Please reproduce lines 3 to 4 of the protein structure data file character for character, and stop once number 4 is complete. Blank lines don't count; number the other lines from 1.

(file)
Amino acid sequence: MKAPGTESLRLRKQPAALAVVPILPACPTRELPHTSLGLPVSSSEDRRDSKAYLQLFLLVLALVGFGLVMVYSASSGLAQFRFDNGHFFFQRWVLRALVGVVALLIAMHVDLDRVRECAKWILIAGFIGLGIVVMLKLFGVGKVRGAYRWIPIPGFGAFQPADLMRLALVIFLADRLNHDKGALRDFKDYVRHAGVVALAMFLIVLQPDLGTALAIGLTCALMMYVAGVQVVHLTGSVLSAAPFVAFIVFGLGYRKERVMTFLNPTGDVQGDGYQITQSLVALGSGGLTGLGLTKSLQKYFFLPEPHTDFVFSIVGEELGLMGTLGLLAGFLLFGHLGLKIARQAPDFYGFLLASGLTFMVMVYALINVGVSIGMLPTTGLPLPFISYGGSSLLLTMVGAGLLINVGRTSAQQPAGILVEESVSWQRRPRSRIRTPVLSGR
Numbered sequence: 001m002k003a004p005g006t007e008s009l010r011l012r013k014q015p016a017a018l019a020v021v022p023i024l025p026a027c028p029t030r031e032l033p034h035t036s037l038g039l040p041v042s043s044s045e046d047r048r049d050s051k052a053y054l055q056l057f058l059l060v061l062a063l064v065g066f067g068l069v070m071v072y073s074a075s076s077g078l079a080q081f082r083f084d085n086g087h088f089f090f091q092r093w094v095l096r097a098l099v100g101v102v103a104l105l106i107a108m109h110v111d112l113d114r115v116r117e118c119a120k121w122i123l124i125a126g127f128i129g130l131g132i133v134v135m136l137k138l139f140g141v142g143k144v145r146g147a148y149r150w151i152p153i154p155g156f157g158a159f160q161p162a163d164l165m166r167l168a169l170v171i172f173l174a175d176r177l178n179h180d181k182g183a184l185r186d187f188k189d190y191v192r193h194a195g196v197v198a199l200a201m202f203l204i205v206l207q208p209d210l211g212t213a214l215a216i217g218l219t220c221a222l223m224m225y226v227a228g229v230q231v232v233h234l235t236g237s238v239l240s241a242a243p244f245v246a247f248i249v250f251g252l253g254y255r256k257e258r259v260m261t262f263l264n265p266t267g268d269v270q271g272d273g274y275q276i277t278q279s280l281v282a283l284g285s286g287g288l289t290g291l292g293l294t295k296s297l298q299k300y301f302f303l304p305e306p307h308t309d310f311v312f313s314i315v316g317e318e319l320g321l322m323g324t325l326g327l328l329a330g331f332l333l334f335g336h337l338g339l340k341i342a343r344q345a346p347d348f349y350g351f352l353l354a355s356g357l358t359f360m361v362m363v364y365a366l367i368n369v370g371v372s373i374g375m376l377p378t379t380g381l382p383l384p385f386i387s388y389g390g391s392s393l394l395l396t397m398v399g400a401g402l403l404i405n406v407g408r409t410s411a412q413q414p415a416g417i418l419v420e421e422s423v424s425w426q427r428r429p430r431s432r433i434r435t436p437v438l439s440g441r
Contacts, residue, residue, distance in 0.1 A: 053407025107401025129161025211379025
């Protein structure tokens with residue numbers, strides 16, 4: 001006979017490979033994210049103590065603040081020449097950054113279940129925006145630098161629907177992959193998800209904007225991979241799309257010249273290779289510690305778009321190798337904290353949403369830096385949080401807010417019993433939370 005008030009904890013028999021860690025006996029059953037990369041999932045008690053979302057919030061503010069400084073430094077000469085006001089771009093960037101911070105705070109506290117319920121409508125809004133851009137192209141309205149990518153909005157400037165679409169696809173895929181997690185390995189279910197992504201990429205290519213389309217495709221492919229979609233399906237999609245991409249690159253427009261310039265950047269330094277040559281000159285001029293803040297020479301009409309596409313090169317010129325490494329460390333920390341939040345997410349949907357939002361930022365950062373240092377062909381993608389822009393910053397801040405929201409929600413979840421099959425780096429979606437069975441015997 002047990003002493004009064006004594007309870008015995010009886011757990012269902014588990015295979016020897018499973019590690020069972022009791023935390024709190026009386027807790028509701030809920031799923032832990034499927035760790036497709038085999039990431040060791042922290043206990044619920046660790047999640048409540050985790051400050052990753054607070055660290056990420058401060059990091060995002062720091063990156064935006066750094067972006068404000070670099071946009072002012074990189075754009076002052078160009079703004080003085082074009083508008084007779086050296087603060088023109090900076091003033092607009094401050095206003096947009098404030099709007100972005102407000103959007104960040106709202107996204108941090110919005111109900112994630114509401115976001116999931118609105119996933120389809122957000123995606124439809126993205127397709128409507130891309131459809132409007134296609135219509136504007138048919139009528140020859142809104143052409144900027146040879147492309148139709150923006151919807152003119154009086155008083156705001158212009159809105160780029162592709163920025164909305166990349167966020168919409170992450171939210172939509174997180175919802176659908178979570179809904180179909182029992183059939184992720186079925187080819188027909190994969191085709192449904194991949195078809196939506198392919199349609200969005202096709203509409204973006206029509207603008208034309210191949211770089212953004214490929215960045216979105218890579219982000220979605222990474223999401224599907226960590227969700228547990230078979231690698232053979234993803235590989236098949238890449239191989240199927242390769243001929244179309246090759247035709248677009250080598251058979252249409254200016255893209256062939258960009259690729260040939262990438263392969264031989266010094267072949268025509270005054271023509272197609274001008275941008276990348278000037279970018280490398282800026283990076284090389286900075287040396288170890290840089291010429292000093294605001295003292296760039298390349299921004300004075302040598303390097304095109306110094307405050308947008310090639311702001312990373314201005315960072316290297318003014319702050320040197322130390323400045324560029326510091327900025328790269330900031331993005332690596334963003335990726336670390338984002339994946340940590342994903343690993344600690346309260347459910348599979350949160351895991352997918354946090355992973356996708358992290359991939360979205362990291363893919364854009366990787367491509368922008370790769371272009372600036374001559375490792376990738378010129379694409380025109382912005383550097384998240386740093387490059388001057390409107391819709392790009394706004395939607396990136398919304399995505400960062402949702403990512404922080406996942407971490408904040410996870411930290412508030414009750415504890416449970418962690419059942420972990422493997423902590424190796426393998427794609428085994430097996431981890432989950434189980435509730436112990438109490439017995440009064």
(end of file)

Contacts, residue, residue, distance in 0.1 A: 053407025107401025129161025211379025
């Protein structure tokens with residue numbers, strides 16, 4: 001006979017490979033994210049103590065603040081020449097950054113279940129925006145630098161629907177992959193998800209904007225991979241799309257010249273290779289510690305778009321190798337904290353949403369830096385949080401807010417019993433939370 005008030009904890013028999021860690025006996029059953037990369041999932045008690053979302057919030061503010069400084073430094077000469085006001089771009093960037101911070105705070109506290117319920121409508125809004133851009137192209141309205149990518153909005157400037165679409169696809173895929181997690185390995189279910197992504201990429205290519213389309217495709221492919229979609233399906237999609245991409249690159253427009261310039265950047269330094277040559281000159285001029293803040297020479301009409309596409313090169317010129325490494329460390333920390341939040345997410349949907357939002361930022365950062373240092377062909381993608389822009393910053397801040405929201409929600413979840421099959425780096429979606437069975441015997 002047990003002493004009064006004594007309870008015995010009886011757990012269902014588990015295979016020897018499973019590690020069972022009791023935390024709190026009386027807790028509701030809920031799923032832990034499927035760790036497709038085999039990431040060791042922290043206990044619920046660790047999640048409540050985790051400050052990753054607070055660290056990420058401060059990091060995002062720091063990156064935006066750094067972006068404000070670099071946009072002012074990189075754009076002052078160009079703004080003085082074009083508008084007779086050296087603060088023109090900076091003033092607009094401050095206003096947009098404030099709007100972005102407000103959007104960040106709202107996204108941090110919005111109900112994630114509401115976001116999931118609105119996933120389809122957000123995606124439809126993205127397709128409507130891309131459809132409007134296609135219509136504007138048919139009528140020859142809104143052409144900027146040879147492309148139709150923006151919807152003119154009086155008083156705001158212009159809105160780029162592709163920025164909305166990349167966020168919409170992450171939210172939509174997180175919802176659908178979570179809904180179909182029992183059939184992720186079925187080819188027909190994969191085709192449904194991949195078809196939506198392919199349609200969005202096709203509409204973006206029509207603008208034309210191949211770089212953004214490929215960045216979105218890579219982000220979605222990474223999401224599907226960590227969700228547990230078979231690698232053979234993803235590989236098949238890449239191989240199927242390769243001929244179309246090759247035709248677009250080598251058979252249409254200016255893209256062939258960009259690729260040939262990438263392969264031989266010094267072949268025509270005054271023509272197609274001008275941008276990348278000037279970018280490398282800026283990076284090389286900075287040396288170890290840089291010429292000093294605001295003292296760039298390349299921004300004075302040598303390097304095109306110094307405050308947008310090639311702001312990373314201005315960072316290297318003014319702050320040197322130390323400045324560029326510091327900025328790269330900031331993005332690596334963003335990726336670390338984002339994946340940590342994903343690993344600690346309260347459910348599979350949160351895991352997918354946090355992973356996708358992290359991939360979205362990291363893919364854009366990787367491509368922008370790769371272009372600036374001559375490792376990738378010129379694409380025109382912005383550097384998240386740093387490059388001057390409107391819709392790009394706004395939607396990136398919304399995505400960062402949702403990512404922080406996942407971490408904040410996870411930290412508030414009750415504890416449970418962690419059942420972990422493997423902590424190796426393998427794609428085994430097996431981890432989950434189980435509730436112990438109490439017995440009064």